Serbs have until June 8 to surrender all of their unregistered weapons in a push by the government to disarm society following back-to-back mass shootings.
Two mass shootings in consecutive days in early May rocked the Balkans nation, where the types of mass shootings seen so regularly in the United States rarely, if ever, happens.
A 13-year-old boy armed with his father’s pistol killed nine people, including eight children, at an elementary school in Belgrade on May 3. Just one day later, a 20-year-old killed eight and injured 14 in a rampage through a town just south of Belgrade.
In response to the twin tragedies, President Aleksandar Vucic set out on a mission to cleanse Serbia of firearms. Unlike most European countries, Serbia has many illegal guns throughout its society. Serbia has been awash in guns and the proliferation of firearms is mostly a legacy of the Yugoslav wars of the 1990s. Serbia is tied for third with Montenegro in gun ownership in the world, behind the United States and Yemen.
There are 39 firearms for every 100 residents in Serbia and an estimated 2.7 million firearms are in civilian possession, including 1.5 million unregistered firearms, according to a 2018 report from the Small Arms Survey.
Perhaps in the most sweeping government action, Vucic ordered that all citizens turn in their unregistered weapons and ammunition to authorities by June 8. Anyone who fails to surrender their weapons during the one-month amnesty period will face stiff penalties and possibly even prison time.
While many in Serbia blame Vucic for the general culture of promoting violence in the media, disarming the population is mostly a welcome measure.
“This is probably the greatest shock and tragedy to befall on Serbian society,” Helena Ivanov, associate fellow at the Henry Jackson Society, told Fox News Digital.
Day-to-day life in Serbia has nearly come to a halt as the nation remains in mourning and grapples with a new and unforeseen threat. Thousands of people took to the streets over several days to protest the outbreak of violence and demand the government take action.
Protests have recently intensified with calls for the resignation of President Vucic growing.
Opposition politicians and protesters demanded the withdrawal of national broadcasting licenses for certain TV stations. They argue that the government and allied media are stoking fear and divisions in society, spreading propaganda and broadcasting content that glorifies violence.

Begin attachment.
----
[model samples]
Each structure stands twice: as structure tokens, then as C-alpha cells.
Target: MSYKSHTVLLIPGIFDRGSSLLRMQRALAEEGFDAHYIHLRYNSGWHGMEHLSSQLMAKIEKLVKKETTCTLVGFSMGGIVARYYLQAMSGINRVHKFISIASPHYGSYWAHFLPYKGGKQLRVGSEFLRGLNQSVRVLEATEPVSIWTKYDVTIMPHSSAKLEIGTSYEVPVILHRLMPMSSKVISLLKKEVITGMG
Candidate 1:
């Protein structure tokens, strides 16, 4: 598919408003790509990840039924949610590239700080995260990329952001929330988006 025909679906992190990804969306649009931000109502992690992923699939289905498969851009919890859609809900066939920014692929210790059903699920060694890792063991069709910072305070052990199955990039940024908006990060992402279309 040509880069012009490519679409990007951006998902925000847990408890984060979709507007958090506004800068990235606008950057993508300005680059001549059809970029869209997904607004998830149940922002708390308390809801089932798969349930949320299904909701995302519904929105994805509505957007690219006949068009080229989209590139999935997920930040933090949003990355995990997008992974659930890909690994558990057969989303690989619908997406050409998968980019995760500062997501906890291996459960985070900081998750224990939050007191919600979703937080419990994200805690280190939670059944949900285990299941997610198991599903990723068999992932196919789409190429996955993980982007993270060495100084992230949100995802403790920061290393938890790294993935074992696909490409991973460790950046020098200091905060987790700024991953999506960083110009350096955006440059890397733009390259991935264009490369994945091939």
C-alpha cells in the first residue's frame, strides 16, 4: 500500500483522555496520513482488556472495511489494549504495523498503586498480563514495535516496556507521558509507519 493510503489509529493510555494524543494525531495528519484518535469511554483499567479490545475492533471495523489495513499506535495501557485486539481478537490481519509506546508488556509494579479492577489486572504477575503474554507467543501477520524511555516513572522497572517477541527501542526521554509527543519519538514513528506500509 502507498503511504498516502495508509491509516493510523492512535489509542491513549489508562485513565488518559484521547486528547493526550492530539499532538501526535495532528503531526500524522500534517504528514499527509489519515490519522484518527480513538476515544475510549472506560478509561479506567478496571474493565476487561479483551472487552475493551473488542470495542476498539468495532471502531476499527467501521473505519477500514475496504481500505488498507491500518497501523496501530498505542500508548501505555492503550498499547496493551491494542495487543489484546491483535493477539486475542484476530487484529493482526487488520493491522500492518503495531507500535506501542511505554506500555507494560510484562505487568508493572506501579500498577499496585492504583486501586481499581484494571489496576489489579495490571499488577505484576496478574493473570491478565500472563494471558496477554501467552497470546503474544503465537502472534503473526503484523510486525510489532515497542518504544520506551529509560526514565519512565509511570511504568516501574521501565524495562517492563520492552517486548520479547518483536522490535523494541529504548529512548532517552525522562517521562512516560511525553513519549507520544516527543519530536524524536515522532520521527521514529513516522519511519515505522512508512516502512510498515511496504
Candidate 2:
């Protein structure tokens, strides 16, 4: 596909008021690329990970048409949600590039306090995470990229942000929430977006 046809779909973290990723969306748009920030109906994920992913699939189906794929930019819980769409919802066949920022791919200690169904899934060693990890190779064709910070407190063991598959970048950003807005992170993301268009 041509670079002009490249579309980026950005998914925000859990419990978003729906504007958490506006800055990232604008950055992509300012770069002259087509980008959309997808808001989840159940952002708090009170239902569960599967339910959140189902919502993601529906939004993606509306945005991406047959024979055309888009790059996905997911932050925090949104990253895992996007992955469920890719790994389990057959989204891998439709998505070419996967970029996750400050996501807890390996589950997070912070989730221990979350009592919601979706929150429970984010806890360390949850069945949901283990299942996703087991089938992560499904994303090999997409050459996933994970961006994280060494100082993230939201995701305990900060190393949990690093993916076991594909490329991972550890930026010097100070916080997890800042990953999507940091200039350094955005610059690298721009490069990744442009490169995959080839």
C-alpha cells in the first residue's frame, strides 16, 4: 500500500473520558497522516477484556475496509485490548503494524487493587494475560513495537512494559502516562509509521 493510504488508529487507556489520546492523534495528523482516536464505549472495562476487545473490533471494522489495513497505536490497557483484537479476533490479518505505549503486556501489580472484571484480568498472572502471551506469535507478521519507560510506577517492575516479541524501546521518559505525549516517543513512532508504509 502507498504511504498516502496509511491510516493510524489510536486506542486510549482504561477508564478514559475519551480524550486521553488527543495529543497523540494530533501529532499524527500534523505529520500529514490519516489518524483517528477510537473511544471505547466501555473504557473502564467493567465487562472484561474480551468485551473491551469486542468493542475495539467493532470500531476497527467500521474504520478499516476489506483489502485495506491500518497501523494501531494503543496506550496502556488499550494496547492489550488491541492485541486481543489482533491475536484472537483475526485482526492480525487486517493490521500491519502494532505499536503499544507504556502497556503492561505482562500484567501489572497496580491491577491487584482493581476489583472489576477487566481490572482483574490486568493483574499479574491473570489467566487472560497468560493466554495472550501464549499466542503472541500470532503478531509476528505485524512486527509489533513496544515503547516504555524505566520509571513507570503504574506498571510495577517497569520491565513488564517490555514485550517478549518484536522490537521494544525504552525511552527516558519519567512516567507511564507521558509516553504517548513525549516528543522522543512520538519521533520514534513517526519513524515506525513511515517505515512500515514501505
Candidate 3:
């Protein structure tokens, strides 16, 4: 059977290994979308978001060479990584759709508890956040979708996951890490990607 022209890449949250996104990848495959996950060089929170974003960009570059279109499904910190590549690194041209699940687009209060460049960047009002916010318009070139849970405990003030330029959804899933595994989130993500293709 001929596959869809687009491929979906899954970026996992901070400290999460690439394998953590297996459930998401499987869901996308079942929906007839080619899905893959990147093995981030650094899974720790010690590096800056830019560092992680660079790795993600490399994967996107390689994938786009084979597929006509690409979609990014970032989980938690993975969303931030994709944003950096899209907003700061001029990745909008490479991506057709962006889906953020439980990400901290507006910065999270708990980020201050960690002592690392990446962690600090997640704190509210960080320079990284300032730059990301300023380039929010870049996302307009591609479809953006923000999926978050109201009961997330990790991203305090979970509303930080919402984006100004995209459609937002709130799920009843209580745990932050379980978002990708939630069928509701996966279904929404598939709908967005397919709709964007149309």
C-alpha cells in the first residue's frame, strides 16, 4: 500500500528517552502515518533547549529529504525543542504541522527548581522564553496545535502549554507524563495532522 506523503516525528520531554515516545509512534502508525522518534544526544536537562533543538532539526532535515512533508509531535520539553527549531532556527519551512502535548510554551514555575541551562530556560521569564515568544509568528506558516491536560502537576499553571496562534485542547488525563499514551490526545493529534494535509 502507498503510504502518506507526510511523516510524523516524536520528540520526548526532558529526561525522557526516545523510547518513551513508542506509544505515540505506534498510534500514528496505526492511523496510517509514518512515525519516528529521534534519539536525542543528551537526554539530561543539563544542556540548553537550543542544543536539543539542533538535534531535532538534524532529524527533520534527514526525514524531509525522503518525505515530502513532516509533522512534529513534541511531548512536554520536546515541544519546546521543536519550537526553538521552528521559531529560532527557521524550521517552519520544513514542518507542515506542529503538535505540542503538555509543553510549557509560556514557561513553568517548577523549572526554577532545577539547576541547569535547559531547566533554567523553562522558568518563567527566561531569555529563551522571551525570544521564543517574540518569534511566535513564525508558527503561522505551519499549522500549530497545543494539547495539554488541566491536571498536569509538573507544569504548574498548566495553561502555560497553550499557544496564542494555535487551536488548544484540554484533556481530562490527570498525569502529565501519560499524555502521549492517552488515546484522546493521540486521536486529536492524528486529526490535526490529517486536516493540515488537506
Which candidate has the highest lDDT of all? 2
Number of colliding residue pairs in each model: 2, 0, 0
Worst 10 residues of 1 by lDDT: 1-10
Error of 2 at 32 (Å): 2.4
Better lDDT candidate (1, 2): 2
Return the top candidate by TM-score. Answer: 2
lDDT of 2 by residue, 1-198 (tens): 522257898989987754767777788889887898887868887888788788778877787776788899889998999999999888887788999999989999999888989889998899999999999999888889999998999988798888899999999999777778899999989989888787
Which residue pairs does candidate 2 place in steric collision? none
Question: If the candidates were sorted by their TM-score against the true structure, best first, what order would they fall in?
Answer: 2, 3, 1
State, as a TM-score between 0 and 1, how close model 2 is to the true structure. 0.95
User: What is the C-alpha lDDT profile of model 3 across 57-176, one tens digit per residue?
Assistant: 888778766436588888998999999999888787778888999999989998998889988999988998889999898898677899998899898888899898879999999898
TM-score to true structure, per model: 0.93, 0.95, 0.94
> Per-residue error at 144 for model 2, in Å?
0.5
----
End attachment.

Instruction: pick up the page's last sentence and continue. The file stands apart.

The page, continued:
It is not uncommon for Serbian media to have convicted war criminals from the Yugoslav wars on their programming. Members of the government and ruling elite routinely use inflammatory language against political opposition and anyone who dares criticize them. Serbia’s Education Minister, Branko Ruzic, has so far resigned after facing mounting pressure from the opposition, but there is a larger sense that much more needs to be done.
“Thus far, most of the requests of the protesters have not been fulfilled, and we are yet to see how things will develop going forward. But the situation in the country is far from good, and one gets a sense that people are on the edge,” Ivanov said.
Even though Serbia has a high rate of gun ownership compared to the rest of the EU, gun laws remain very strict and semiautomatic weapons are illegal. Unlike the U.S., Serbia has no equivalent of the National Rifle Association lobbying for the right to bear arms as protected by the Second Amendment.
Some analysts say Vucic, who is under pressure on multiple domestic and international fronts, wants to basically disarm Serbian society. The president proposed a moratorium on new gun permits for small arms and hunting rifles and wants legal gun owners to go through more extensive and mandatory medical and psychological examinations.
“Indeed, the right to bear arms or carrying weapons more generally is really not celebrated nor encouraged in Serbia. Quite the contrary, while Vucic is facing lots of criticism when it comes to his response to the two mass shootings, his decision to disarm civilians has not really been criticized,” Ivanov noted.
Many Serbs protesting in the streets believe it is more necessary to address the root causes of violence rather than taking measures such as stricter gun laws. Despite the general popularity of surrendering illegal weapons, it is still unclear if the government mandate will yield any tangible results.
“It is limited to a one-month period, and it is unrealistic to expect that over one million illegally possessed firearms will be turned in within such a short timeframe,” Predrag Petrovic, Research Director of the Belgrade Center for Security Policy, told Fox News Digital.
Speaking to reporters on Sunday, President Vucic said that since the announcement, over 68,000 weapons and explosive devices were voluntarily surrendered to authorities. The hand-over of the illegal weapons is seen by many as a step in the right direction, but as Petrovic notes, the number of weapons surrendered compared to the number of weapons in society is “just a drop in the ocean.”